Monday, July 2, 2012

Finding Trouble in Favorite Picture Books

Week of July 1, 2012: We’ve Got Trouble!
Monday, July 2—Finding Trouble in Favorite Picture Books

The trouble, or problem, is the key to the success of a picture book. I think most “quiet” stories may actually be stories with no problem, or with a weak problem. Remember what Mem Fox said? “Trouble must be trouble on a big scale.” The trouble in a picture book must be big-time trouble in the view of the main character of that story. A lost hat wouldn’t be major trouble to most adults, but to the bear in I Want My Hat Back by Jon Klassen, it’s trouble on a big scale. In Mem Fox’s renowned picture book, Wilfred Gordon McDonald Partridge, the fact that an old lady has lost her memory is not a big deal to Wilfred’s parents—they consider it sad. But to Wilfred Gordon McDonald Partridge, the woman’s memory loss is trouble on a big scale.

I went to my book shelf and pulled a stack of picture books filed behind “C”. Let’s see what we can learn about the trouble faced by the main characters in a few of these picture books. I want to see if I can discover the problem in the first few lines of each book.

!From Comes A Wind by Linda Arms White and Tom Curry:

Mama licked her pencil and started writing:

            Dear Clement and Clyde,

You boys are so peas-in-a-pod like, it’s beyond me why you always have to outshine each other. My birthday’s round the corner, and I’m pining for only one thing. Just once, I’d like to pass the day with you two boys and no squabblin’!

Trouble/Problem: Mama wants her squabbling boys to get along on her birthday.
Main Characters: Mama, Clement, and Clyde

!From The Curious Garden by Peter Brown:

There once was a city without gardens or trees or greenery of any kind.
Most people spent their time indoors.
As you can imagine, it was a very dreary place.

However, there was one boy you loved being outside.

Trouble/Problem: A green-less world
Main Character: The boy who liked to be outside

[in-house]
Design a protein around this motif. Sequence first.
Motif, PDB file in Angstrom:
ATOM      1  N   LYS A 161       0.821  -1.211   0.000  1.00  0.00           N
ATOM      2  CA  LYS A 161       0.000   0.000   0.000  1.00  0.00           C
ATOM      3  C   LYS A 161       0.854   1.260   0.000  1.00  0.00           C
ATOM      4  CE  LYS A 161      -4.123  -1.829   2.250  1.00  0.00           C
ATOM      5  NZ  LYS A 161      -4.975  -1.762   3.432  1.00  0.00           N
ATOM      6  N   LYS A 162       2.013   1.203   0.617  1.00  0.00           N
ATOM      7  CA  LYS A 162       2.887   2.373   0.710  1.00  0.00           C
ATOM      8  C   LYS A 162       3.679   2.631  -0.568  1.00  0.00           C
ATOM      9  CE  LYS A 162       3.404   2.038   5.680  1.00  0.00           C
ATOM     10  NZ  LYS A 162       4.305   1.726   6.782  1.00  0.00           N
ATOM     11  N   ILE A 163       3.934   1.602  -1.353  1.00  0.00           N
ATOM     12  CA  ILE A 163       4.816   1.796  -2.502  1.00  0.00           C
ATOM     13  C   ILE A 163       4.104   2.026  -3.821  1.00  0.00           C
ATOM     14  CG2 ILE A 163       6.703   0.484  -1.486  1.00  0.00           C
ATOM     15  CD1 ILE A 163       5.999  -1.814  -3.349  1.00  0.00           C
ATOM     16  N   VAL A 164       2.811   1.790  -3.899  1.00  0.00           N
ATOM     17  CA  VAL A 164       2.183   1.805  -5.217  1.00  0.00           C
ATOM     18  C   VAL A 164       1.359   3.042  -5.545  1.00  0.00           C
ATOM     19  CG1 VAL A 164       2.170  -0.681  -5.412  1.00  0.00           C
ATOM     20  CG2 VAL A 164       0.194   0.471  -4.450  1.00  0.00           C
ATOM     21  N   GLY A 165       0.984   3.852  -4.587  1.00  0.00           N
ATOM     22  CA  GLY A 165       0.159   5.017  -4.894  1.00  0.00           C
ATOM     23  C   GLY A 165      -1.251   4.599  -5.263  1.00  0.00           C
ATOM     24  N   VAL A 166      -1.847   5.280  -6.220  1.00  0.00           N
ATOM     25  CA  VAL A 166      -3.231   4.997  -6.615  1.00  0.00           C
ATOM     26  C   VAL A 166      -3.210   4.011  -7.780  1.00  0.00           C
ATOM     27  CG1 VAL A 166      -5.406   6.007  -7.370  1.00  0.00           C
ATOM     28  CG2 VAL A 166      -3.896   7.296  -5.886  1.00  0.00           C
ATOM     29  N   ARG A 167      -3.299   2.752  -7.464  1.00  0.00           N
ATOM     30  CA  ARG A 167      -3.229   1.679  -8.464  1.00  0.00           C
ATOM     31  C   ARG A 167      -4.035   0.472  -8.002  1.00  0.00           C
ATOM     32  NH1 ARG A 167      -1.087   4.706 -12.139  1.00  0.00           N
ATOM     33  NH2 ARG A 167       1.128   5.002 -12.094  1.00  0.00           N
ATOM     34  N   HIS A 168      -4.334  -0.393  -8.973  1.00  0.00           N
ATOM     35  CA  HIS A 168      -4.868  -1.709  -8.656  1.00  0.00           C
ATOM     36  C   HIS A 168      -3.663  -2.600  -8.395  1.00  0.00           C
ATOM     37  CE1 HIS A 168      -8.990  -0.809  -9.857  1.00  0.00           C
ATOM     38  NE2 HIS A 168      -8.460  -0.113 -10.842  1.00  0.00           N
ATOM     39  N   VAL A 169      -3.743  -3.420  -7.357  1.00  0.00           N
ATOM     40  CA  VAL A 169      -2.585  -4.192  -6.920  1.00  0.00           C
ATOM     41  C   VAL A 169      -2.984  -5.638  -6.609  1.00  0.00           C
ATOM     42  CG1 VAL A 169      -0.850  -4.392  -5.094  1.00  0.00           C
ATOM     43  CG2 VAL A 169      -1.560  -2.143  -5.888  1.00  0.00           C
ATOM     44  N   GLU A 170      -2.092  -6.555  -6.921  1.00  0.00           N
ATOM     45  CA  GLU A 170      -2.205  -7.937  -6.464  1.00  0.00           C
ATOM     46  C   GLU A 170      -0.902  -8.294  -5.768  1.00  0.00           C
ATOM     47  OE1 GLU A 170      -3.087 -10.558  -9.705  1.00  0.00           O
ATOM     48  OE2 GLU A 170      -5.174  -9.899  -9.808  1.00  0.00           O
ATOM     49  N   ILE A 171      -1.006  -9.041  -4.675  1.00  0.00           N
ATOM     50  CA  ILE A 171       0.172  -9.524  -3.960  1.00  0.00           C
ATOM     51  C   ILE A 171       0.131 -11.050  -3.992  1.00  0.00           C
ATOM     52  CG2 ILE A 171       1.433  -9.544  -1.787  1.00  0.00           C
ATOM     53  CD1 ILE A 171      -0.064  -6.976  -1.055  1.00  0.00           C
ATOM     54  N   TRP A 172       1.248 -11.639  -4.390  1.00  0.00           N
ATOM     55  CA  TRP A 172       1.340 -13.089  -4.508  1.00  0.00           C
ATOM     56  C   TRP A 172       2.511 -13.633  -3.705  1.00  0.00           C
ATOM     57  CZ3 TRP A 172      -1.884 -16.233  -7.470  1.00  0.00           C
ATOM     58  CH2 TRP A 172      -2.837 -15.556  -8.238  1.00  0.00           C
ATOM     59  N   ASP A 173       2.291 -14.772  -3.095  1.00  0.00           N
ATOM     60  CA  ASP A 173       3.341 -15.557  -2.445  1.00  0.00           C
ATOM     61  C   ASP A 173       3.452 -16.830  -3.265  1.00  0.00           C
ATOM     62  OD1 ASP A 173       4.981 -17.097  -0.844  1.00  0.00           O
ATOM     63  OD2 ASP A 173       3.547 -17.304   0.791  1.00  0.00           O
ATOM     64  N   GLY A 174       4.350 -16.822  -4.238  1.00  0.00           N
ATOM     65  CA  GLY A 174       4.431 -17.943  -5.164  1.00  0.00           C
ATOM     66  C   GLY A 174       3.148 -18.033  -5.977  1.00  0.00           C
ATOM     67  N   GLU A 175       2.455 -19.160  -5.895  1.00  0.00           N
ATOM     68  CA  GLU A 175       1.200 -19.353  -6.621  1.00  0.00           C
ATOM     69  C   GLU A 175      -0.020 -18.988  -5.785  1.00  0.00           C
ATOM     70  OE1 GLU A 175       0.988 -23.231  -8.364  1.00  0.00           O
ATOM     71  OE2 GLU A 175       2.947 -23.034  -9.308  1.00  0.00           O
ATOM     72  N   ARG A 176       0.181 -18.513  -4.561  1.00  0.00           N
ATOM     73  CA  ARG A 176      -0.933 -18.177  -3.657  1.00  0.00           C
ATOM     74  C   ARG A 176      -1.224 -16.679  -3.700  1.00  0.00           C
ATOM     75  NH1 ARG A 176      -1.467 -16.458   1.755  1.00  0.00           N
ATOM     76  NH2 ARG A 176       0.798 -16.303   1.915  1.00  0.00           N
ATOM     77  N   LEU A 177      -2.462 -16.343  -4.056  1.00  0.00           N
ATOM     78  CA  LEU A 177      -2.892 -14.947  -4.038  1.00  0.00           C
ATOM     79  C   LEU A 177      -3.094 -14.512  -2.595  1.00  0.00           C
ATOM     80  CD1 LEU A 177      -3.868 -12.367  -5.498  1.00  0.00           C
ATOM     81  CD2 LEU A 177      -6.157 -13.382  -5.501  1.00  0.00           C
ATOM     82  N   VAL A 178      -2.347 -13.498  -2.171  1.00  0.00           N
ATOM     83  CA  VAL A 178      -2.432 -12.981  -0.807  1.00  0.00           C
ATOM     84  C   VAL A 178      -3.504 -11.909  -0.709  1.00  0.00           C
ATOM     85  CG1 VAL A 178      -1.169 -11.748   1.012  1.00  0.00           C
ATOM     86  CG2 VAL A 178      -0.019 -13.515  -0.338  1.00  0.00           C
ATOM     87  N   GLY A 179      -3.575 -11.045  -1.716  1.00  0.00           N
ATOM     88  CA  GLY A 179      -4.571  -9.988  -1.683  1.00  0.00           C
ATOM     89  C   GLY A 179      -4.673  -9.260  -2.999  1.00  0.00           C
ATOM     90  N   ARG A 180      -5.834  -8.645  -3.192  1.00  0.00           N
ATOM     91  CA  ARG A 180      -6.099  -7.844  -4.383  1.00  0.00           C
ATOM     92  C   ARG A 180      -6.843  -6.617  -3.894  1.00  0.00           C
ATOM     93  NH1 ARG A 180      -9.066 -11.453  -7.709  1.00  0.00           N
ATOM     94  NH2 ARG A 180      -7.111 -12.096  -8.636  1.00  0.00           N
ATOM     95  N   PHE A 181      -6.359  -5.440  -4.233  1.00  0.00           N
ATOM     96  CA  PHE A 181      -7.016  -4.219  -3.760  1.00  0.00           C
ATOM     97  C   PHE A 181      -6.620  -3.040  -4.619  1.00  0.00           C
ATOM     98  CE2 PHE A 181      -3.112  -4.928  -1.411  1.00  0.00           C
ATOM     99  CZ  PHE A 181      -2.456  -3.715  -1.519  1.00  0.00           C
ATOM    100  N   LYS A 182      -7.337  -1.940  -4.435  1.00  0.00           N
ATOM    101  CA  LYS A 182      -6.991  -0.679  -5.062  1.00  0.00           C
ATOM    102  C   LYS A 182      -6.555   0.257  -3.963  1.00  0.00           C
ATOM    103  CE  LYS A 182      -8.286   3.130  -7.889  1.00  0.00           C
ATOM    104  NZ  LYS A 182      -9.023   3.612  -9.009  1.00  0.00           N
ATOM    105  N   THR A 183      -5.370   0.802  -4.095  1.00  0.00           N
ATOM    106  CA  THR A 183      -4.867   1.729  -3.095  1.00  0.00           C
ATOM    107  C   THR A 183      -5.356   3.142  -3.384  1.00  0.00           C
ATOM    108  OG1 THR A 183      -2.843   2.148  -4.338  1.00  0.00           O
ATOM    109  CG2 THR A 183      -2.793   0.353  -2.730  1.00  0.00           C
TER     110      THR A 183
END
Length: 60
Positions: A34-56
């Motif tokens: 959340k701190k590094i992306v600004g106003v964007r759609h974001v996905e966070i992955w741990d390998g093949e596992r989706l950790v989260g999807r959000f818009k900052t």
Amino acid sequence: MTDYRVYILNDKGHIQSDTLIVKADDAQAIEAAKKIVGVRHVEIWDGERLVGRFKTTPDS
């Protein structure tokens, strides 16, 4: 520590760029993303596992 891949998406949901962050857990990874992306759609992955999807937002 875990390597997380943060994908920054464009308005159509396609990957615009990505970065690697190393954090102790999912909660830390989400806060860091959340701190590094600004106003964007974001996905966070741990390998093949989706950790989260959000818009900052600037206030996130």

!From: Cowboy Camp by Tammi Sauer and Mike Reed:

Avery kicked the toe of his boot in the dirt. He looked at everyone else at Cowboy Camp and knew he was all wrong.

Trouble/Problem: Not fitting in at Cowboy Camp
Main Character: Avery

!From: Click, Clack, Moo: Cows Can Type by Doreen Cronin and Betsy Lewin
Farmer Brown has a problem.
His cows like to type.
All day long he hears.

Click, clack, moo.
Click, clack, moo.
Click. Clack, moo.

Trouble/Problem: Typing cows
Main characters: Farmer Brown and the cows

!From: Come On, Rain! By Karen Hesse and Jon J. Muth

“Come on rain!” I say, squinting into the endless heat.

Trouble/Problem: The lack of rain
Main character: Unnamed at first/The little girl who is speaking and is in the illustration

!From Cowlick by Christin Ditchfield and Rosalind Bearshaw

When the moon rises high
and the stars shine bright
Little boys in bed
With their eyes shut tight

Clip-clop, clip-clop down the hall
Funny shadow on the wall

(NOTE: In the art there is a shadow of a cow on the wall.)

Trouble/Problem: Someone or something is clomping down the hall at night
Characters: The little boy and, we assume from the illustration, the cow

What do these examples show us?
R The trouble/problem is introduced early—usually on the first page
R The character was usually introduced early—usually on the first page (though sometimes the art revealed the character)
R Sometimes even the setting was given in those first words or lines.
R The trouble/problem is on a big scale to the main character.
            EMama wants those boys to be nice to each other for once.  
            EThe boy loves the outdoors—but there’s no green space.
EAvery’s heart sinks when he doesn’t fit in at Cowboy Camp.
EA farmer with cows who can type? Now that’s a problem.
EA little girl in the summer heat wants rain in a bad way.
ENoises in the night—is there any bigger problem for a kid?

It’s Your Turn!
uGrab a stack of picture books and see how early you can discover the problem in each.
vWhile you’re at it, see what else you discover in those first few words, lines, and pages.

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